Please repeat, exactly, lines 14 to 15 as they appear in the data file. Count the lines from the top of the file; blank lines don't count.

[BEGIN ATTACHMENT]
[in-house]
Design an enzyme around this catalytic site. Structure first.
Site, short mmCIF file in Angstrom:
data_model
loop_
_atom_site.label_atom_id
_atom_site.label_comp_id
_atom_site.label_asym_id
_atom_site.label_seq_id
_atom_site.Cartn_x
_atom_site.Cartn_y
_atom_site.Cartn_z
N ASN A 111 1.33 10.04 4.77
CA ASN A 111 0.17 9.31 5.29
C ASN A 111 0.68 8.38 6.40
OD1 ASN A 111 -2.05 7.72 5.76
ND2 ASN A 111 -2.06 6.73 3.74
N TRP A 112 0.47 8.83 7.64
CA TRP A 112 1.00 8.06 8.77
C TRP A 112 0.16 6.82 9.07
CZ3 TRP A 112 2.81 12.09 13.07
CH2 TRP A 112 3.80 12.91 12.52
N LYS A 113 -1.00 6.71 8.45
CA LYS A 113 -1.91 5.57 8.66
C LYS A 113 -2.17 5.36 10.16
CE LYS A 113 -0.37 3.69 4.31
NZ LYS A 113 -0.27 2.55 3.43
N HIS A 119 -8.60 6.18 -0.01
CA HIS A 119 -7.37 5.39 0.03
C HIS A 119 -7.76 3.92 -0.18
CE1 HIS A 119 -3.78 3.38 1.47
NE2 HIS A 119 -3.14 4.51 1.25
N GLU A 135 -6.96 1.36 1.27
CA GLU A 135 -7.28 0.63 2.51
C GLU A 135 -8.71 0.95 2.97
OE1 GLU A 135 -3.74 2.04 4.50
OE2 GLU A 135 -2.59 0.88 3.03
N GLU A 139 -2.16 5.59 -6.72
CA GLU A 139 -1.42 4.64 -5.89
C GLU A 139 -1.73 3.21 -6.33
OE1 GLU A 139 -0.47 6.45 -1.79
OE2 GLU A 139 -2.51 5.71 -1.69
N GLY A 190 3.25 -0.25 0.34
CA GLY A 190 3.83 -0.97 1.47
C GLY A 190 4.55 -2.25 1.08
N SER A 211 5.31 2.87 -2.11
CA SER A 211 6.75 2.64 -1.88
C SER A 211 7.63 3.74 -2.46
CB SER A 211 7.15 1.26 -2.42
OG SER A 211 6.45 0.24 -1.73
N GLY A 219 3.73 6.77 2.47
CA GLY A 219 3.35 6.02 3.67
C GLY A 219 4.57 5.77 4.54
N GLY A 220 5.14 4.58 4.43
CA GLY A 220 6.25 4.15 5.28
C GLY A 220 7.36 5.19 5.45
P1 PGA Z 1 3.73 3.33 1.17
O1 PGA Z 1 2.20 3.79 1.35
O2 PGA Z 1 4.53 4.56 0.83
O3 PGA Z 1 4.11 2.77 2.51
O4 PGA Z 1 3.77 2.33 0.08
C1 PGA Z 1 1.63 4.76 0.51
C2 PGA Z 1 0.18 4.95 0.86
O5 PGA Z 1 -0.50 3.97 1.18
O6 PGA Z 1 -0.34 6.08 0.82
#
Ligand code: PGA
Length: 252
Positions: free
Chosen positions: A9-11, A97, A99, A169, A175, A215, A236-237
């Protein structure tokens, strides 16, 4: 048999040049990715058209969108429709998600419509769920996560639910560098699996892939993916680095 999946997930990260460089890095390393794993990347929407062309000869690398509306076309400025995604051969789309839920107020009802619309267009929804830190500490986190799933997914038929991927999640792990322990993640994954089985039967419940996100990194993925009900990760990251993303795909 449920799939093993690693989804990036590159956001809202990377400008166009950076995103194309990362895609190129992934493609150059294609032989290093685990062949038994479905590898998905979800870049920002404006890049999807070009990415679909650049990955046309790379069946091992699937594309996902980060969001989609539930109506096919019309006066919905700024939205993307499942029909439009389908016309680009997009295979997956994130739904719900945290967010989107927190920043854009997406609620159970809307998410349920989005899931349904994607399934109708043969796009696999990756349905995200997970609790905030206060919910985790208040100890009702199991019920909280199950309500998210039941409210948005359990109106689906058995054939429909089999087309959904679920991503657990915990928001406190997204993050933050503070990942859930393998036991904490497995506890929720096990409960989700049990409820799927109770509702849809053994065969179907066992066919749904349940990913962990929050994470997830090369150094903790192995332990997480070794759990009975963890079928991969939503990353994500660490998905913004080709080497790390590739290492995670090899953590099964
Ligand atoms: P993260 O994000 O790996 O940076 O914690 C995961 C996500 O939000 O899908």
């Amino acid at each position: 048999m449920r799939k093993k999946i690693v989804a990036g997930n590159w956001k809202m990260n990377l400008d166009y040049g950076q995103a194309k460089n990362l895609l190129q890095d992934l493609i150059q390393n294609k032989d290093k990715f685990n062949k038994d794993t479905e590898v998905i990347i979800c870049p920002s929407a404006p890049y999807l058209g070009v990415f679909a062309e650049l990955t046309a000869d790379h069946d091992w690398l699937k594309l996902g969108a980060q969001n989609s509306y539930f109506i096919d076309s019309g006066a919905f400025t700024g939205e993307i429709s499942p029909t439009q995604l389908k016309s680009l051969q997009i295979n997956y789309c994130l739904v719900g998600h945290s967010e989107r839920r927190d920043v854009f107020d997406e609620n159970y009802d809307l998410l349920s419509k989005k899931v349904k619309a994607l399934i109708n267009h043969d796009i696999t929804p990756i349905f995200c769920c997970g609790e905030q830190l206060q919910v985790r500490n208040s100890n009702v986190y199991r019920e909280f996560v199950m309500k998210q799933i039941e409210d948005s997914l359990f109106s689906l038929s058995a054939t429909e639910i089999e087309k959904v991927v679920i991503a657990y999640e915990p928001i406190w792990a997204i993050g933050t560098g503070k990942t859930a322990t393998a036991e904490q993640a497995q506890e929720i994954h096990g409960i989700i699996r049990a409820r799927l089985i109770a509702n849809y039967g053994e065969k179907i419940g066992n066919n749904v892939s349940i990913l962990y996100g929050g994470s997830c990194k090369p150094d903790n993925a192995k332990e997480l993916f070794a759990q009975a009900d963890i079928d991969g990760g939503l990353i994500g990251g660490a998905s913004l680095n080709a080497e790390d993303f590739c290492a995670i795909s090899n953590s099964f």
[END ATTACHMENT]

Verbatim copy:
CA ASN A 111 0.17 9.31 5.29
C ASN A 111 0.68 8.38 6.40